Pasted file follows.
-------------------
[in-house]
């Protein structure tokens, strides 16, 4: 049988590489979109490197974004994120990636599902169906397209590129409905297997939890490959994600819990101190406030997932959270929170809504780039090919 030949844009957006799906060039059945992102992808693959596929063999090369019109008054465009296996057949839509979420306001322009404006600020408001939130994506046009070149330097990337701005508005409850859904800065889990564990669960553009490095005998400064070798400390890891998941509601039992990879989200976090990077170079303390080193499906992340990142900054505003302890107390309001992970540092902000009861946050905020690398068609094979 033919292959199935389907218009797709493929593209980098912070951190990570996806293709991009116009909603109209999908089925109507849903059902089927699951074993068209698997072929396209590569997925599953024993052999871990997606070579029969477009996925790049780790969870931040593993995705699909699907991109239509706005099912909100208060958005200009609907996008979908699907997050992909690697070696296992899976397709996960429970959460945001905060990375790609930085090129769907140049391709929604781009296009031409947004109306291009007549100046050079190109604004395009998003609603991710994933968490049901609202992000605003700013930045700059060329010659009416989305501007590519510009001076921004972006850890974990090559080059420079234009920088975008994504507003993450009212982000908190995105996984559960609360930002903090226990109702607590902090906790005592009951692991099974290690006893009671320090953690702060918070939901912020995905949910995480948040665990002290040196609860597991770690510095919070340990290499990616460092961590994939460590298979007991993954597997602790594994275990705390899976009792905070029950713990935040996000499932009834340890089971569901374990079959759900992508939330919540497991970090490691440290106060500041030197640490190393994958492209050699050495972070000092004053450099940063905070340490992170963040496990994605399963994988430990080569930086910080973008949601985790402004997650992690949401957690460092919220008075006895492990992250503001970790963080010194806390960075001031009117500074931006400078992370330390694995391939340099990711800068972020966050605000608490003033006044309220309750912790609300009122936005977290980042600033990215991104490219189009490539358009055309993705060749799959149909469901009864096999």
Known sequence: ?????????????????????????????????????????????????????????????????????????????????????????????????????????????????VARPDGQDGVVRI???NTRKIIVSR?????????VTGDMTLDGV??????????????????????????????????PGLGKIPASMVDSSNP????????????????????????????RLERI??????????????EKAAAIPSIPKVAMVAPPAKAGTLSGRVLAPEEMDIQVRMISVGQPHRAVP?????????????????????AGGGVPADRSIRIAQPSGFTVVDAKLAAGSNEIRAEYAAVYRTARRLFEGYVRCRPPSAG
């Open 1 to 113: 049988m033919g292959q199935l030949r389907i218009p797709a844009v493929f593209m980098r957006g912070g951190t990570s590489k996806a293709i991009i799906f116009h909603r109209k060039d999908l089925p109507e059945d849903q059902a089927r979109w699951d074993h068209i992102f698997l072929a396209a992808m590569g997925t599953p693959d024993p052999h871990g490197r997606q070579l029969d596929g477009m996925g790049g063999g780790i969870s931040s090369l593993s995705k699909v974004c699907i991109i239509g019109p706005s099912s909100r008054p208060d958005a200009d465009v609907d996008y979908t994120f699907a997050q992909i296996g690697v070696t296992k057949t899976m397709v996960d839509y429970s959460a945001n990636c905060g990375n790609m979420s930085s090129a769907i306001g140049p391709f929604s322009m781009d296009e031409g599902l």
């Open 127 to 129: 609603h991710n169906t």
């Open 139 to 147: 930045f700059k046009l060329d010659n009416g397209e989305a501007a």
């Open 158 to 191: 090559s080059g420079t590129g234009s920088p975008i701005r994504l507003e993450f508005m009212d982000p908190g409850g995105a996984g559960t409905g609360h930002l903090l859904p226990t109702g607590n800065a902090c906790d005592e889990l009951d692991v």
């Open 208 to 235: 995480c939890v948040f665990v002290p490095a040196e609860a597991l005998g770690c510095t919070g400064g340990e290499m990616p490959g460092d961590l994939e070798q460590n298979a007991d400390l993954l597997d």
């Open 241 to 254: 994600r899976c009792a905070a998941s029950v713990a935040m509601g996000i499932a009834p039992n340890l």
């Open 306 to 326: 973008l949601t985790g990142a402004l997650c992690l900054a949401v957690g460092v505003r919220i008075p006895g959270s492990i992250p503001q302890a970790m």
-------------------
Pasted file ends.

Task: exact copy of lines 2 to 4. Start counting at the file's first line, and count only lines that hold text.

């Protein structure tokens, strides 16, 4: 049988590489979109490197974004994120990636599902169906397209590129409905297997939890490959994600819990101190406030997932959270929170809504780039090919 030949844009957006799906060039059945992102992808693959596929063999090369019109008054465009296996057949839509979420306001322009404006600020408001939130994506046009070149330097990337701005508005409850859904800065889990564990669960553009490095005998400064070798400390890891998941509601039992990879989200976090990077170079303390080193499906992340990142900054505003302890107390309001992970540092902000009861946050905020690398068609094979 033919292959199935389907218009797709493929593209980098912070951190990570996806293709991009116009909603109209999908089925109507849903059902089927699951074993068209698997072929396209590569997925599953024993052999871990997606070579029969477009996925790049780790969870931040593993995705699909699907991109239509706005099912909100208060958005200009609907996008979908699907997050992909690697070696296992899976397709996960429970959460945001905060990375790609930085090129769907140049391709929604781009296009031409947004109306291009007549100046050079190109604004395009998003609603991710994933968490049901609202992000605003700013930045700059060329010659009416989305501007590519510009001076921004972006850890974990090559080059420079234009920088975008994504507003993450009212982000908190995105996984559960609360930002903090226990109702607590902090906790005592009951692991099974290690006893009671320090953690702060918070939901912020995905949910995480948040665990002290040196609860597991770690510095919070340990290499990616460092961590994939460590298979007991993954597997602790594994275990705390899976009792905070029950713990935040996000499932009834340890089971569901374990079959759900992508939330919540497991970090490691440290106060500041030197640490190393994958492209050699050495972070000092004053450099940063905070340490992170963040496990994605399963994988430990080569930086910080973008949601985790402004997650992690949401957690460092919220008075006895492990992250503001970790963080010194806390960075001031009117500074931006400078992370330390694995391939340099990711800068972020966050605000608490003033006044309220309750912790609300009122936005977290980042600033990215991104490219189009490539358009055309993705060749799959149909469901009864096999």
Known sequence: ?????????????????????????????????????????????????????????????????????????????????????????????????????????????????VARPDGQDGVVRI???NTRKIIVSR?????????VTGDMTLDGV??????????????????????????????????PGLGKIPASMVDSSNP????????????????????????????RLERI??????????????EKAAAIPSIPKVAMVAPPAKAGTLSGRVLAPEEMDIQVRMISVGQPHRAVP?????????????????????AGGGVPADRSIRIAQPSGFTVVDAKLAAGSNEIRAEYAAVYRTARRLFEGYVRCRPPSAG
């Open 1 to 113: 049988m033919g292959q199935l030949r389907i218009p797709a844009v493929f593209m980098r957006g912070g951190t990570s590489k996806a293709i991009i799906f116009h909603r109209k060039d999908l089925p109507e059945d849903q059902a089927r979109w699951d074993h068209i992102f698997l072929a396209a992808m590569g997925t599953p693959d024993p052999h871990g490197r997606q070579l029969d596929g477009m996925g790049g063999g780790i969870s931040s090369l593993s995705k699909v974004c699907i991109i239509g019109p706005s099912s909100r008054p208060d958005a200009d465009v609907d996008y979908t994120f699907a997050q992909i296996g690697v070696t296992k057949t899976m397709v996960d839509y429970s959460a945001n990636c905060g990375n790609m979420s930085s090129a769907i306001g140049p391709f929604s322009m781009d296009e031409g599902l």